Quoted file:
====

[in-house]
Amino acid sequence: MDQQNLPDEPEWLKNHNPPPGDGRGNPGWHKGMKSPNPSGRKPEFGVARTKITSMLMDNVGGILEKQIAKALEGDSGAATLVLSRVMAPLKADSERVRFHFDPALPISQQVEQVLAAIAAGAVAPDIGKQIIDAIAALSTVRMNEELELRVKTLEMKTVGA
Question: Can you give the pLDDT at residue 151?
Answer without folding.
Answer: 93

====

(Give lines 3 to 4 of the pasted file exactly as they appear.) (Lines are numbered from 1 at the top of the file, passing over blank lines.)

Question: Can you give the pLDDT at residue 151?
Answer without folding.